Scarp (landform)

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A fault scarp created by the 1983 Borah Peak earthquake
Escarpment face broken by a fault, Cumberland Plateau, Tennessee

Scarp is a term in geology and geography with several similar meanings.

  • A scarp is a cliff or steep slope.[1][2] The word is derived from the Italian scarpa, meaning 'shoe'.[3]
    • The surface of the steep slope is called a scarp face.
  • A fault scarp is a steep cliff made by movement along one side of a fault.
  • An escarpment is a steep slope or long cliff that occurs from faulting and resulting erosion. It separates two relatively level areas of differt height.
    • A cuesta is a ridge with an escarpment on one side and a gentle dip slope on the other side.

Formation[change | change source]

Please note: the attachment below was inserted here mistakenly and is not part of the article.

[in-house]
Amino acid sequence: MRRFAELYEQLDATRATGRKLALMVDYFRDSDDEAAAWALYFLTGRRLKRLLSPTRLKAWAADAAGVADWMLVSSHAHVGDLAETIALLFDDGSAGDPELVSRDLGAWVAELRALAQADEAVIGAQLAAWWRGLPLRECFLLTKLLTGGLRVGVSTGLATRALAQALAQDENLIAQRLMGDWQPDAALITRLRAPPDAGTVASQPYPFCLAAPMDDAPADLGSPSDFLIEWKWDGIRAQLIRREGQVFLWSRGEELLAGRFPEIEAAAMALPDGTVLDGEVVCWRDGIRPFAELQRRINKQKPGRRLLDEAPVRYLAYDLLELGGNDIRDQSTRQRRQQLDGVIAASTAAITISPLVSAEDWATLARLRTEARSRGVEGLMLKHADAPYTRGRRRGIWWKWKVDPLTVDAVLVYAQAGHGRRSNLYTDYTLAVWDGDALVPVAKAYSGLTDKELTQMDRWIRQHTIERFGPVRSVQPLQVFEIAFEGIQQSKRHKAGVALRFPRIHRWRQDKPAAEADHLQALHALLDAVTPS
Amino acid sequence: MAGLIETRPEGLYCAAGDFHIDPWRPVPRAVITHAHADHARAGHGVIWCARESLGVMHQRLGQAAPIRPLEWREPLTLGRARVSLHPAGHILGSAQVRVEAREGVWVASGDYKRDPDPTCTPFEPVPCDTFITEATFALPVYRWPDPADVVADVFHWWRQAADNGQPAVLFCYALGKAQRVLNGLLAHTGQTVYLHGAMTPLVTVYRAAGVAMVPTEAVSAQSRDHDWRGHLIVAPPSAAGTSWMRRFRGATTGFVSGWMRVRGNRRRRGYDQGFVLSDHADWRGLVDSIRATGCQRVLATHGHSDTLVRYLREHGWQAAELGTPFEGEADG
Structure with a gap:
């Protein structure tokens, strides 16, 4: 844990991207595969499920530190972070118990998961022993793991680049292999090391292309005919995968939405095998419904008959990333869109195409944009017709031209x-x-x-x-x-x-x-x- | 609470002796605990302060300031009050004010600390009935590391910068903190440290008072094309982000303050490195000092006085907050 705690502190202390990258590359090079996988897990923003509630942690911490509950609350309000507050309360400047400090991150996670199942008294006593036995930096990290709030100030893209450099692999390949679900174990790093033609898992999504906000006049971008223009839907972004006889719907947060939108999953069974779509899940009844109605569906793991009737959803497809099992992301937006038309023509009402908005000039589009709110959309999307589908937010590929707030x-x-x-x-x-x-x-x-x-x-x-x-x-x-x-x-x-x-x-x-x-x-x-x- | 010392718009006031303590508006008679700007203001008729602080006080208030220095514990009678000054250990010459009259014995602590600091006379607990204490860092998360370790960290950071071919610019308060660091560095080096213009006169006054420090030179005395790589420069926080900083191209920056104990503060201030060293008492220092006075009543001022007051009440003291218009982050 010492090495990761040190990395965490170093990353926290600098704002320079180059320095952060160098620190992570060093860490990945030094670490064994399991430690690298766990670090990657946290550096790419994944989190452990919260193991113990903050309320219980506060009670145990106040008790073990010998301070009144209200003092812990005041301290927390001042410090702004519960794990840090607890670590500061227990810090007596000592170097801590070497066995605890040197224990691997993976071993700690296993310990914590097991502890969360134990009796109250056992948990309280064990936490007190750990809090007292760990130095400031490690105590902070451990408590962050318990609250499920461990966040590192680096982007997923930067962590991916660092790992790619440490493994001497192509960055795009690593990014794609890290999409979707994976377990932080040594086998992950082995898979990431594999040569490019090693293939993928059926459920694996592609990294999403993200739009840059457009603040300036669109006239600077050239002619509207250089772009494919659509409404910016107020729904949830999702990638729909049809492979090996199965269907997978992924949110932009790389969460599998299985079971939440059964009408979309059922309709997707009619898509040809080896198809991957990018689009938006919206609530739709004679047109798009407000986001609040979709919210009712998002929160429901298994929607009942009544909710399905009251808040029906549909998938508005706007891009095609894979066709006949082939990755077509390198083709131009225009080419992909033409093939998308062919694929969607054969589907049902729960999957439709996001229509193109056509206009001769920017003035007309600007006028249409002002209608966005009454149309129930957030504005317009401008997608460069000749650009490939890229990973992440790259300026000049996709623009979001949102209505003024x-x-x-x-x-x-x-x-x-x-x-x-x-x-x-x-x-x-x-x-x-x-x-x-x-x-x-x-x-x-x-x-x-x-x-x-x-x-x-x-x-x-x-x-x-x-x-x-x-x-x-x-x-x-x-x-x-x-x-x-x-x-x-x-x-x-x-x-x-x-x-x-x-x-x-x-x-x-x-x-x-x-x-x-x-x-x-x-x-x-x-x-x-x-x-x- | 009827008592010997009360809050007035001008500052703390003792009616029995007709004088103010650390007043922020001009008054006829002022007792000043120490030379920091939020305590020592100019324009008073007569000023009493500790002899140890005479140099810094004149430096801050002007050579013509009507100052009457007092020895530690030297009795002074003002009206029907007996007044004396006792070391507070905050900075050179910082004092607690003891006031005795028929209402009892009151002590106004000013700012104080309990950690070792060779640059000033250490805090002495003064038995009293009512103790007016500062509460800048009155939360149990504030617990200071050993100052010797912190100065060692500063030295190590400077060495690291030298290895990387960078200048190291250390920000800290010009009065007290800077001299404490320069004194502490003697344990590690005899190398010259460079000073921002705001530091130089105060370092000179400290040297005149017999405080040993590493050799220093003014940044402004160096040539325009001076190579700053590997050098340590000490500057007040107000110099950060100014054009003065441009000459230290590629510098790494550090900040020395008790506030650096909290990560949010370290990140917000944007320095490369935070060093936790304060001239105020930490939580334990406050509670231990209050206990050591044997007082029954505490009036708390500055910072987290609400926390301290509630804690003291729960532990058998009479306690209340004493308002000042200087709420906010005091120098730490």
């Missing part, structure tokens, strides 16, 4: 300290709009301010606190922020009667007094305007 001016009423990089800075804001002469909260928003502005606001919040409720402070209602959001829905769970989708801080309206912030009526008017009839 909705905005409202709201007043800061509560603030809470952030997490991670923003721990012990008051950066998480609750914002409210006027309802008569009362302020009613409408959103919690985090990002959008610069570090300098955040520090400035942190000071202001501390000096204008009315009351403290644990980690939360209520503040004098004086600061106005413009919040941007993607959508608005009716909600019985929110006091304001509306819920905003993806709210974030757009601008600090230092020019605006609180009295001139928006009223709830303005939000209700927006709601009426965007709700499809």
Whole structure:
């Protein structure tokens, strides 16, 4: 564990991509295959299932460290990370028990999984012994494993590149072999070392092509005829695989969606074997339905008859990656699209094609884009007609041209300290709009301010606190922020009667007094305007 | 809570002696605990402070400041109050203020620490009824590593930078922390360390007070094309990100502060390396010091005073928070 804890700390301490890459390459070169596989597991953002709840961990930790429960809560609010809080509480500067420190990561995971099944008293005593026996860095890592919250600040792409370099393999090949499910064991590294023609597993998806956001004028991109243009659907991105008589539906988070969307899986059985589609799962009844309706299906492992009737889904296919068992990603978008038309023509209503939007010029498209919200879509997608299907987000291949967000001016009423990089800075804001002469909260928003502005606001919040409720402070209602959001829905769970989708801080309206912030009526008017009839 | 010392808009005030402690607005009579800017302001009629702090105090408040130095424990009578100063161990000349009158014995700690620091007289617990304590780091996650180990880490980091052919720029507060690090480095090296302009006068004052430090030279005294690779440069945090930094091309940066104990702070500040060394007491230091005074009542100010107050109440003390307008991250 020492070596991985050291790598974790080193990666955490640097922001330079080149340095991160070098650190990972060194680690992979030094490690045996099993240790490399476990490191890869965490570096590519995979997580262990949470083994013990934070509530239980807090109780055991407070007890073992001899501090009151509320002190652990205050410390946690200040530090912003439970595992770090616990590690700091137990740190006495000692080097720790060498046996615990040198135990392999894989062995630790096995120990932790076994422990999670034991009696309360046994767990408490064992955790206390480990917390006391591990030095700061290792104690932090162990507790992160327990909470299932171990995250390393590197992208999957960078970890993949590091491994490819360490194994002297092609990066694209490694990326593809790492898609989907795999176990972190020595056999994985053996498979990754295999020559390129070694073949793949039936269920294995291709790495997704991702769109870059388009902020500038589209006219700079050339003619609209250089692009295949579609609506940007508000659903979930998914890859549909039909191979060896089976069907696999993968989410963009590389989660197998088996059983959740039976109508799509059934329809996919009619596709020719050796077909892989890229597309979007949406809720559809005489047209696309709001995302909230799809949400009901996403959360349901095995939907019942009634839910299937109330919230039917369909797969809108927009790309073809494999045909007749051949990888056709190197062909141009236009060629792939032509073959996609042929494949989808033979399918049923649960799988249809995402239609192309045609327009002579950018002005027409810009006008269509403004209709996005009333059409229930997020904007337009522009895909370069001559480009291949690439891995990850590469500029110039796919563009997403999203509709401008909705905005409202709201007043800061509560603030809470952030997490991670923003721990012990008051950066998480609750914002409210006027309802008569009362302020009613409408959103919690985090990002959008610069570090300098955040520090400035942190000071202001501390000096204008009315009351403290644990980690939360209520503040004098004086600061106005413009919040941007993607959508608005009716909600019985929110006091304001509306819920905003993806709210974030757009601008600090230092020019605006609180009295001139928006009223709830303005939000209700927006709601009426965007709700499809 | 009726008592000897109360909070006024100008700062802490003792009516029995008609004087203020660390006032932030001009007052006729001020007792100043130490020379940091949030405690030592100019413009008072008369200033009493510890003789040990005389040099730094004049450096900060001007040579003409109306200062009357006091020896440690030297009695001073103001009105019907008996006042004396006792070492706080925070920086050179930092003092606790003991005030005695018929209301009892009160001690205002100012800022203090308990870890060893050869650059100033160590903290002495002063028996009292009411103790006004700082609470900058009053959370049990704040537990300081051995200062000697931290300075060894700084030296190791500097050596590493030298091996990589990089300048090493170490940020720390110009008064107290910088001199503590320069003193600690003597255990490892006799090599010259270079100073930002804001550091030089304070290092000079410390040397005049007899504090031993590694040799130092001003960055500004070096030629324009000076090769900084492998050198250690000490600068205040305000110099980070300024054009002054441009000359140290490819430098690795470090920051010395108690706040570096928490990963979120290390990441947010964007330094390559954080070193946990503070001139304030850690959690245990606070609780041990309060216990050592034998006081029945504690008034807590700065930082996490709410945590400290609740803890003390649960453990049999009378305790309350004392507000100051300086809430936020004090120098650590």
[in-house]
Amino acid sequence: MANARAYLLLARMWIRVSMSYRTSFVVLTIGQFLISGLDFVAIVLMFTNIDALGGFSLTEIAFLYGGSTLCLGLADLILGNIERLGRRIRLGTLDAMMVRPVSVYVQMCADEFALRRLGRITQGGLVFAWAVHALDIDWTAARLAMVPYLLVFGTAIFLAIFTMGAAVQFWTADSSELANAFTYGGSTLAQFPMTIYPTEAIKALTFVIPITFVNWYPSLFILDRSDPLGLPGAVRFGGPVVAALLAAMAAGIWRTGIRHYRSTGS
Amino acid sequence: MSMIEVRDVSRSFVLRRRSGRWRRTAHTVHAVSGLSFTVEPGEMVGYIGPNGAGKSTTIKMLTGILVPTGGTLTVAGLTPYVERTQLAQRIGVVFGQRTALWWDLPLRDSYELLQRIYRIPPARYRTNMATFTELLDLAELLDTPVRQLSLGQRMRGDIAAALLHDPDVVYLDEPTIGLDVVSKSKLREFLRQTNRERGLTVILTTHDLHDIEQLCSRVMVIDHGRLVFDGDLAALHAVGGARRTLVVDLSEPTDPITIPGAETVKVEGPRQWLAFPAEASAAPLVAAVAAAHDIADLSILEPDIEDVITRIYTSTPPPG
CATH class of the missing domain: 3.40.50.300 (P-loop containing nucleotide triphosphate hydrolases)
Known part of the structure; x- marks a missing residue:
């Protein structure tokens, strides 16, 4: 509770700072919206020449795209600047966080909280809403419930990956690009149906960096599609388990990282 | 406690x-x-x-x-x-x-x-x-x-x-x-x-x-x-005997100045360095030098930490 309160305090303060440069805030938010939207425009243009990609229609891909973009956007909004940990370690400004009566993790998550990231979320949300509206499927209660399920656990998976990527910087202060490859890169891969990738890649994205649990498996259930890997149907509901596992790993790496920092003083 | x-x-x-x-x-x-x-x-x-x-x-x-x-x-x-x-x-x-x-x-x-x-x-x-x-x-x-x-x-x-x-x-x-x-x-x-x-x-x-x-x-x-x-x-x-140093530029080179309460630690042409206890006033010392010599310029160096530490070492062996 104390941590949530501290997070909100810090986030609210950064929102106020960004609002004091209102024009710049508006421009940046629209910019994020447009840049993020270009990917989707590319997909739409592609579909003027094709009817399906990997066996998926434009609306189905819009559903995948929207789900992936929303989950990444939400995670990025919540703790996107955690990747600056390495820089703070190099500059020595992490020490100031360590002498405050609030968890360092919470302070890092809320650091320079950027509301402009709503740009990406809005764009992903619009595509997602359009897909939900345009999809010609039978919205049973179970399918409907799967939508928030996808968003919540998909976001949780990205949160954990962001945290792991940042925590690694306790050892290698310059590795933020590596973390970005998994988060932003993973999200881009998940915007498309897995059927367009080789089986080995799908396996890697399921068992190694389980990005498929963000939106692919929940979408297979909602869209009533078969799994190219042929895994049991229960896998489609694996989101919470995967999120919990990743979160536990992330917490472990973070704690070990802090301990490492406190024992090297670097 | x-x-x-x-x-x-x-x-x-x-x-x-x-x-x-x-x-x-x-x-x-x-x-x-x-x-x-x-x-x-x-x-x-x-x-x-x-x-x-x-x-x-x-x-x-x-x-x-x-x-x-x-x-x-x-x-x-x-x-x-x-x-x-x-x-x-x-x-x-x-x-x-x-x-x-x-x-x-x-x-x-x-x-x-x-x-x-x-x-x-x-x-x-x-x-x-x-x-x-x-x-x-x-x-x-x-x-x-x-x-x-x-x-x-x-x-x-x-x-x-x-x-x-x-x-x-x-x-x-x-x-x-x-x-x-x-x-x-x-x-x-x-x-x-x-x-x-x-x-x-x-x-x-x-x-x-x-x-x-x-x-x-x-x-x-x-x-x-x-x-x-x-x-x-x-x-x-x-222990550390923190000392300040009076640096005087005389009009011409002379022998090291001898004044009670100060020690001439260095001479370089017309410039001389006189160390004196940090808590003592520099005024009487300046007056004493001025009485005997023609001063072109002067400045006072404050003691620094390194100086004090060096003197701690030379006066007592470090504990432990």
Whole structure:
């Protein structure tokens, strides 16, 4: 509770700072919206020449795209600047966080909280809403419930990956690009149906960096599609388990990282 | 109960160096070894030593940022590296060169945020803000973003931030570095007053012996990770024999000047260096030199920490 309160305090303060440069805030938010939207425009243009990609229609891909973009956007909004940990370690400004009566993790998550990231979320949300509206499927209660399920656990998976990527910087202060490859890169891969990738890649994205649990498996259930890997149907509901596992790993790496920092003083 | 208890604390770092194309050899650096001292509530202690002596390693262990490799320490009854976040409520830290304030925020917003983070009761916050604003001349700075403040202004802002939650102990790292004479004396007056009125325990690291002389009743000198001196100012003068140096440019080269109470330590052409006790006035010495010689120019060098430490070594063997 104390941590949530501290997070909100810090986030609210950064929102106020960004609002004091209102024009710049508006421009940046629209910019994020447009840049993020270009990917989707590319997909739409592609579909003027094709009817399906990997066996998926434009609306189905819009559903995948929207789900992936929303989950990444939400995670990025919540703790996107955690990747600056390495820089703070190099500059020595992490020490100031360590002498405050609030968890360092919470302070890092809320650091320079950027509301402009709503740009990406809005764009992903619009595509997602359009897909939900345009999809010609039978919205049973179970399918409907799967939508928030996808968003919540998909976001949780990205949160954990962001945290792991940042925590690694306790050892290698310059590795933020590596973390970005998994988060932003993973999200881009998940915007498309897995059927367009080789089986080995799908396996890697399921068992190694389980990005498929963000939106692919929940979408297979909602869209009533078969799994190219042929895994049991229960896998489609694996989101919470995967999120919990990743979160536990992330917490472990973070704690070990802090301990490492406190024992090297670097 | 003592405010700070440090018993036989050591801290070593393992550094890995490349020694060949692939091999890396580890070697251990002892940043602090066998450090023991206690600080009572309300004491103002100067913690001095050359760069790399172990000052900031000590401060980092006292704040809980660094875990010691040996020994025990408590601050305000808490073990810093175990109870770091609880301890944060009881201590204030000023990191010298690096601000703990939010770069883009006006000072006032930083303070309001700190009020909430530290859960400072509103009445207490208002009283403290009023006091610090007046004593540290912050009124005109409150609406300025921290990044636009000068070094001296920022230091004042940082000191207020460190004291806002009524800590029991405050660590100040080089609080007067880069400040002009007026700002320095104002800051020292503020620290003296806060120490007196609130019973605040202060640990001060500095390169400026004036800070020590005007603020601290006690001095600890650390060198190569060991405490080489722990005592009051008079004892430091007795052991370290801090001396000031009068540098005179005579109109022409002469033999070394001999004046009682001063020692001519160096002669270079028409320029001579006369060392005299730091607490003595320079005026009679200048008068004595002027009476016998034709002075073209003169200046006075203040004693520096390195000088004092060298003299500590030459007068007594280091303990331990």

Scarps are generally formed by one or both:

  1. differential erosion of sedimentary rocks, or by
  2. vertical movement of the Earth's crust along a geologic fault.

Most commonly, an escarpment is a transition from one series of sedimentary rocks to another series of a different age and composition.

Escarpments are also frequently formed by faults. When a fault displaces the ground surface so that one side is higher than the other, a fault scarp is created. This brings a piece of high ground next to an area of lower ground.

More loosely, the term scarp describes the zone between coastal lowlands and continental plateaus. A marked, abrupt change in height is caused by coastal erosion at the base of the plateau.

Schematic cross section of a cuesta, dip slopes facing left, and harder rocklayers in darker colors than softer ones.

References[change | change source]

  1. Easterbrook, D. J. 1999. Surface processes and landforms. 2nd ed, Prentice Hall, New Jersey.
  2. Summary: Escarpments, US Army Corps of Engineers.
  3. scarp - Definition from the Merriam-Webster Online Dictionary